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Cell Morphogenesis

During differentiation cells typically adopt a specific cell shape according to their functions. Trichomes are an excellent model system to study the mechanism of cell morphogenesis as they have a predictable form and are accessible to a genetic approach. Many mutants affecting trichome shape in Arabidopsis are caused by mutations in genes involved in the regulation of the actin or microtubule cytoskeleton. We currently focus on two genes that seem to regulate new not yet understood pathways.

Analysis of the SPIRRIG Gene

Mutations in the SPIRRIG gene result in a distorted trichome phenotype and various other cell morphogenesis phenotypes similar as found in arp2/3 mutants. The SPIRRIG gene encodes a BEACH domain protein. The BEACH domain is named after the human CHS and its mouse homolog beige gene (beige and Chediak-Higashi-Syndrom). BEACH domain proteins are thought to be involved in membrane transport processes. Little is known about the molecular function of BEACH domain proteins in plants. We use genetic, cell biological and molecular tools to unravel the role of SPIRRIG in plant cell morphogenesis.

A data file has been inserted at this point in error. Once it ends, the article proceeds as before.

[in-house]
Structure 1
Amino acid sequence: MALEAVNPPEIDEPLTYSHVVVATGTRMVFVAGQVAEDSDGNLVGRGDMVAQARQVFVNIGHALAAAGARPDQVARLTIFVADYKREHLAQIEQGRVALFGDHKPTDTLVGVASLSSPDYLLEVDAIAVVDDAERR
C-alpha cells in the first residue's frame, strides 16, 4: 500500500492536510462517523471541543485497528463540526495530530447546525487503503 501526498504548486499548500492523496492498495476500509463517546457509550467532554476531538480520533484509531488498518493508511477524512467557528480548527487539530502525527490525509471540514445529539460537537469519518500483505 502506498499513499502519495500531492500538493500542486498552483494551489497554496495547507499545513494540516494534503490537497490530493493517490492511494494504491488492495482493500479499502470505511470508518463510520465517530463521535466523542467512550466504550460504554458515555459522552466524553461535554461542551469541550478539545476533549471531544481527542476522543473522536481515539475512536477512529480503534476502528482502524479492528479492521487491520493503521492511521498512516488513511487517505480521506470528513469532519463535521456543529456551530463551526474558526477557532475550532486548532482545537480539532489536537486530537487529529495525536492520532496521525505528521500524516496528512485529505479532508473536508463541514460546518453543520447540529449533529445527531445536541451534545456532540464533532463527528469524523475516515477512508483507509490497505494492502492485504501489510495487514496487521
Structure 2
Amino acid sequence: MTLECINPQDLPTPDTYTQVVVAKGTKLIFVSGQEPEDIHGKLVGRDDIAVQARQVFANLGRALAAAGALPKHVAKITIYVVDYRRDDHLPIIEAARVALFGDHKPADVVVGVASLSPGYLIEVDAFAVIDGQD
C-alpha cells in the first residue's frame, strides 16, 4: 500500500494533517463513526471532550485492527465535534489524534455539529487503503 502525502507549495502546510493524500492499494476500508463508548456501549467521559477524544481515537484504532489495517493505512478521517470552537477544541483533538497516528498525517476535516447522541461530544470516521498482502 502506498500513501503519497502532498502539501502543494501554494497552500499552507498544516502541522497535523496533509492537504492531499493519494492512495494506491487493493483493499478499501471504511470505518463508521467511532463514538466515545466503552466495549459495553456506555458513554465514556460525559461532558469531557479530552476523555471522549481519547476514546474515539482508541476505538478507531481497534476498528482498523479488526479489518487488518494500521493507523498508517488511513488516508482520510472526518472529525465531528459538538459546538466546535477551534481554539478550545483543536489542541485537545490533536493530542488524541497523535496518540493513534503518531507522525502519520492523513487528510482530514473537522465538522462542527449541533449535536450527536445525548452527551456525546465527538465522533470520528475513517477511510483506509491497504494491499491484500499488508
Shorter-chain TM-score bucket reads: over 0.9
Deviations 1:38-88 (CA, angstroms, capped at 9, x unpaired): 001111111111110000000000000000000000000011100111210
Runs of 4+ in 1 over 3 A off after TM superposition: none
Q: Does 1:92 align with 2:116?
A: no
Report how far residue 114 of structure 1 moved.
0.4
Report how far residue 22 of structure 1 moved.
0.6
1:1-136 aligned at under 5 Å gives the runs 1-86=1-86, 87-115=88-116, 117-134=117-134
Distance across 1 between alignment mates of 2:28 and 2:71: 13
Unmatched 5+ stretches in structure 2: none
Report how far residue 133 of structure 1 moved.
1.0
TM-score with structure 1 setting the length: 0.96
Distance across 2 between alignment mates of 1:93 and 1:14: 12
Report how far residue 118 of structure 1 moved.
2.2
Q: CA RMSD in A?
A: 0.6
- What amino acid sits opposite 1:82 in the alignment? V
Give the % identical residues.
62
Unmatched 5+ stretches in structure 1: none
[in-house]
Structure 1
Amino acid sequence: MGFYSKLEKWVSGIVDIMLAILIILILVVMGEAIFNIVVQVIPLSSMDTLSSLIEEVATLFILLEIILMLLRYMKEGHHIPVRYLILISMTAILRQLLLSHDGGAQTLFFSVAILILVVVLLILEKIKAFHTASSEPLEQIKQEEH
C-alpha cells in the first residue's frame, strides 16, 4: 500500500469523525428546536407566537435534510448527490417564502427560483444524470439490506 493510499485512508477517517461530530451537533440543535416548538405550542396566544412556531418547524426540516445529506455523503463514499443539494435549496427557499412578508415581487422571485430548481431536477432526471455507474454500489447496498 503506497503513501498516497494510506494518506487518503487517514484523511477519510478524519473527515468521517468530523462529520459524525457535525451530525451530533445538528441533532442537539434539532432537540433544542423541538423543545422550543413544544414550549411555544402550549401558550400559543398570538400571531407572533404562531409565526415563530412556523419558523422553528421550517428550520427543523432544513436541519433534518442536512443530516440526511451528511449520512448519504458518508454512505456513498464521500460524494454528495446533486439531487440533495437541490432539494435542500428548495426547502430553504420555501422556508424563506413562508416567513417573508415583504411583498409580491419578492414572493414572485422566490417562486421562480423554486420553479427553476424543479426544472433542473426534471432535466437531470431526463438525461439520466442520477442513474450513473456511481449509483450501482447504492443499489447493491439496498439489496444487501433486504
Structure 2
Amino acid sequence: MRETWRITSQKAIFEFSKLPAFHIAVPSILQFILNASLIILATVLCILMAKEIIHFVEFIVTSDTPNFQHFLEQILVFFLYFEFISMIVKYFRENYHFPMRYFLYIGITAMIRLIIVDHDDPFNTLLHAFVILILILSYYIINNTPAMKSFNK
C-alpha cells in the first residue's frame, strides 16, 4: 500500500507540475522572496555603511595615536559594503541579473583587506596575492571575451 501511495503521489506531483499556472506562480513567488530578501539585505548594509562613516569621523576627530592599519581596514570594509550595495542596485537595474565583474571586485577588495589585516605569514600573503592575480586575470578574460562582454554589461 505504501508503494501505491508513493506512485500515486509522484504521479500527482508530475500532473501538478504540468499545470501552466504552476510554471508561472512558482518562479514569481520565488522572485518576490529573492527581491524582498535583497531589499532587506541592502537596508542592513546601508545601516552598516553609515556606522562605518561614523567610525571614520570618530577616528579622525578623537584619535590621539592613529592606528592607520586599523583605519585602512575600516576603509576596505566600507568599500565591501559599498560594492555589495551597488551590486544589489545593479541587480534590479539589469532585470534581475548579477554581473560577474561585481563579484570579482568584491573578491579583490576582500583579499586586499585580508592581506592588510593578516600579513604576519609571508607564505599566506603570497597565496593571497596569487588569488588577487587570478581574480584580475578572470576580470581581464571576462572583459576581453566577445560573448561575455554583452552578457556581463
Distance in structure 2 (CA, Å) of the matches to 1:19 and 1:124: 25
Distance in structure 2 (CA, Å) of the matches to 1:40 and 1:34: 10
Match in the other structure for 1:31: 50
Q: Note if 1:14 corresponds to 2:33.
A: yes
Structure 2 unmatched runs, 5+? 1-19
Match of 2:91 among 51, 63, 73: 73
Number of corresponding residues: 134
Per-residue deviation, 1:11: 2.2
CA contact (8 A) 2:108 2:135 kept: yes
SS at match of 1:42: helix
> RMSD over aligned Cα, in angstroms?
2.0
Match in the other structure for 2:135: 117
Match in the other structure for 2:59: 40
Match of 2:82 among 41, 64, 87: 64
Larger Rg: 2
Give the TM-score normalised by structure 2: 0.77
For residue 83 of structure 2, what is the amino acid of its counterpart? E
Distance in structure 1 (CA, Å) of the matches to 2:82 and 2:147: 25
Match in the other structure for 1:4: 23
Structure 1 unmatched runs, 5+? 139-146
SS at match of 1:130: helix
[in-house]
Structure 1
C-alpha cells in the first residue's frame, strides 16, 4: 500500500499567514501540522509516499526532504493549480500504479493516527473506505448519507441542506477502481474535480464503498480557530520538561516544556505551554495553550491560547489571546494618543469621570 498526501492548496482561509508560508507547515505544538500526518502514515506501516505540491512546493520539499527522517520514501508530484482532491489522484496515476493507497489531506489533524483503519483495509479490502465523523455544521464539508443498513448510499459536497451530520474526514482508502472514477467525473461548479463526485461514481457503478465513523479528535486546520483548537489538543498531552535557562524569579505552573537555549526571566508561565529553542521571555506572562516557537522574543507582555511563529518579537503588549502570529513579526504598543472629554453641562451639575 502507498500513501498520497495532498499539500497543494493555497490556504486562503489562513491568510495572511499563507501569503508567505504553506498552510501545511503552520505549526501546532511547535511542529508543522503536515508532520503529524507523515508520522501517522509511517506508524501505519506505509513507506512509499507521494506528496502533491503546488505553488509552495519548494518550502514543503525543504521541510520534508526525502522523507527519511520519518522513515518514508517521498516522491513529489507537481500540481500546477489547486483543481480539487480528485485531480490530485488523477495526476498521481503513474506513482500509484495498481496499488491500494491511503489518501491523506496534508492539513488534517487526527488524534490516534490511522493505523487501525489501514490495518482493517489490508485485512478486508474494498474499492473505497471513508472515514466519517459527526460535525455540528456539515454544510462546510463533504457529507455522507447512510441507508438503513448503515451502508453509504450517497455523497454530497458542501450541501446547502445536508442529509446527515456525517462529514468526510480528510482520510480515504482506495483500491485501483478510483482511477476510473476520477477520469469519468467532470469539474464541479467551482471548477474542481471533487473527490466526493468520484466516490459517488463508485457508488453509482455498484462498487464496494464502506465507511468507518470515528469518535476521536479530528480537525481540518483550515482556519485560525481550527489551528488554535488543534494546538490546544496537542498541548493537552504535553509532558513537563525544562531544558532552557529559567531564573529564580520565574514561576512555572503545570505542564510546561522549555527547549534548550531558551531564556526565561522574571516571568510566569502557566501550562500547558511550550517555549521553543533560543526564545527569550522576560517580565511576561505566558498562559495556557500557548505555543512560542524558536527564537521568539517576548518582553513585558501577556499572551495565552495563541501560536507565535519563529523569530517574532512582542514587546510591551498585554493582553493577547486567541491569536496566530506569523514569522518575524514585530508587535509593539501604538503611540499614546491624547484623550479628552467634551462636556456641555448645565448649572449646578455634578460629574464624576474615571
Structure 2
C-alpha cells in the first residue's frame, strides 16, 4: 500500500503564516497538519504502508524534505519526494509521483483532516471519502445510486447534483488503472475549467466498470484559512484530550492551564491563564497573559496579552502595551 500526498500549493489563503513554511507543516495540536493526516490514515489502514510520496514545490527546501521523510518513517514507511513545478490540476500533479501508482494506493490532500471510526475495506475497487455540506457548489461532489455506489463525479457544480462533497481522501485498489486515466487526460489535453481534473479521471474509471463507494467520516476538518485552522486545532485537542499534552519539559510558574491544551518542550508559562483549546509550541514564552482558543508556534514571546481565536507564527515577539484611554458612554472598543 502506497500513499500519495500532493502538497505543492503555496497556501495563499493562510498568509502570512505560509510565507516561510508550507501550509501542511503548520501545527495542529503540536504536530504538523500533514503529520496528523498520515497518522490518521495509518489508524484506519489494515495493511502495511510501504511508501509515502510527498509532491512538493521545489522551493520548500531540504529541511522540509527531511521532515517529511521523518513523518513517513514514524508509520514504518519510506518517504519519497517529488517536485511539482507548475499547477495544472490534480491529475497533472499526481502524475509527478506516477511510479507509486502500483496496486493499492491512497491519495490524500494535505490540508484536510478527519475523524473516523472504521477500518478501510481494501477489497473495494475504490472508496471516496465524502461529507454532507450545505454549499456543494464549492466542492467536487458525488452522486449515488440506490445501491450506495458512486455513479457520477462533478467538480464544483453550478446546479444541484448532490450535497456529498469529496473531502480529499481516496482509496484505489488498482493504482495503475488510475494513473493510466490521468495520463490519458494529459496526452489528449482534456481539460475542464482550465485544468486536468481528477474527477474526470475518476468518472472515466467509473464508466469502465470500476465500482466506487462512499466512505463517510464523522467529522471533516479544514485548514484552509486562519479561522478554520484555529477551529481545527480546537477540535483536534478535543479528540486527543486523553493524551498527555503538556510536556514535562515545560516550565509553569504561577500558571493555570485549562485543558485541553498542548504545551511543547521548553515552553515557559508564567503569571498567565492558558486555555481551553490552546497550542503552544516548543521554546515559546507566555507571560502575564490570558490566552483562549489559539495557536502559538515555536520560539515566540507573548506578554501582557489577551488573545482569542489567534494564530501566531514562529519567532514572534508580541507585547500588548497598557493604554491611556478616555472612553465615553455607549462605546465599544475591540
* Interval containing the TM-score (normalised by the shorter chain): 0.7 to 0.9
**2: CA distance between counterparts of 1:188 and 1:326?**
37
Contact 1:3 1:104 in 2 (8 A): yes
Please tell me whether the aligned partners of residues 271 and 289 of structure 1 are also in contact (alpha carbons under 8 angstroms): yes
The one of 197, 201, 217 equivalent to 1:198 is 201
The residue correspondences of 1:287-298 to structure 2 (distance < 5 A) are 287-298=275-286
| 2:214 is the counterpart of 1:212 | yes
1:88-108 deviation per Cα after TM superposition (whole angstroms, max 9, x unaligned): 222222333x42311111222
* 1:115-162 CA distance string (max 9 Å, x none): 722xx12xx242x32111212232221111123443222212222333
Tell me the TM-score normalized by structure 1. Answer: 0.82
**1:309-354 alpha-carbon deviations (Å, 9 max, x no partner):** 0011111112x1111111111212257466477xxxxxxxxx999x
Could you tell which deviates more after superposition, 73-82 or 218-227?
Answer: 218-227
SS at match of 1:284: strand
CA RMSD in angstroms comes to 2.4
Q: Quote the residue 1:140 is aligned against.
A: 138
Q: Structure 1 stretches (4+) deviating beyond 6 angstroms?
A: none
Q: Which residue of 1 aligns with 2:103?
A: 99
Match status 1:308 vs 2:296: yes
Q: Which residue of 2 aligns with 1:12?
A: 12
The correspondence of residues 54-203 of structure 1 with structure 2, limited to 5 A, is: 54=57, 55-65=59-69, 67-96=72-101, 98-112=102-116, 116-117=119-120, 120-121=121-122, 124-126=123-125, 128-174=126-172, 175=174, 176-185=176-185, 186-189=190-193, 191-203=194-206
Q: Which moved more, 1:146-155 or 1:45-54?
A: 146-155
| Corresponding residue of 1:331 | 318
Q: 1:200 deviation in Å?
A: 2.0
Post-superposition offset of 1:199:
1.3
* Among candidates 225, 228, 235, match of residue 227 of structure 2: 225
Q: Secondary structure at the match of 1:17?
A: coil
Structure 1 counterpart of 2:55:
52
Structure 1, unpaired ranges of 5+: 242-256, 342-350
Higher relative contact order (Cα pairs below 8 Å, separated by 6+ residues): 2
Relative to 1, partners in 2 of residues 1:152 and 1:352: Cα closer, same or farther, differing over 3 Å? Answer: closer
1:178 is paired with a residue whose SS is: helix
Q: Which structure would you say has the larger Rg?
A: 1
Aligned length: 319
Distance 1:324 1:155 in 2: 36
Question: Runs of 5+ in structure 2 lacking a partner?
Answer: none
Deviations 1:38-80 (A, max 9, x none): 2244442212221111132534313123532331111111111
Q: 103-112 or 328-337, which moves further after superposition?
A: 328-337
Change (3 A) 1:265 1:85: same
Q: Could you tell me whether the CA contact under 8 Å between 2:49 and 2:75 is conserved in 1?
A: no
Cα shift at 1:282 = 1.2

Analysis of the ANGUSTIFOLIA Gene

Mutations in ANGUSTIFOLIA cause a pleiotropic phenotype including underbranched trichomes, narrow leaves and twisted siliques.

The ANGUSTIFOLIA (AN) gene encodes a protein with sequence similarity to C-terminal binding proteins (CtBP) and brefeldin A-ribosylated proteins (BARS). As CtBPs act as transcriptional co-repressors while BARS proteins become ADP-ribosylated after treatment with the fungal toxin brefeldin A its molecular function in plants is still unclear. We use cell biological, genetic and biochemical approaches to understand the molecular mechanism of ANGUSTIFOLIA function.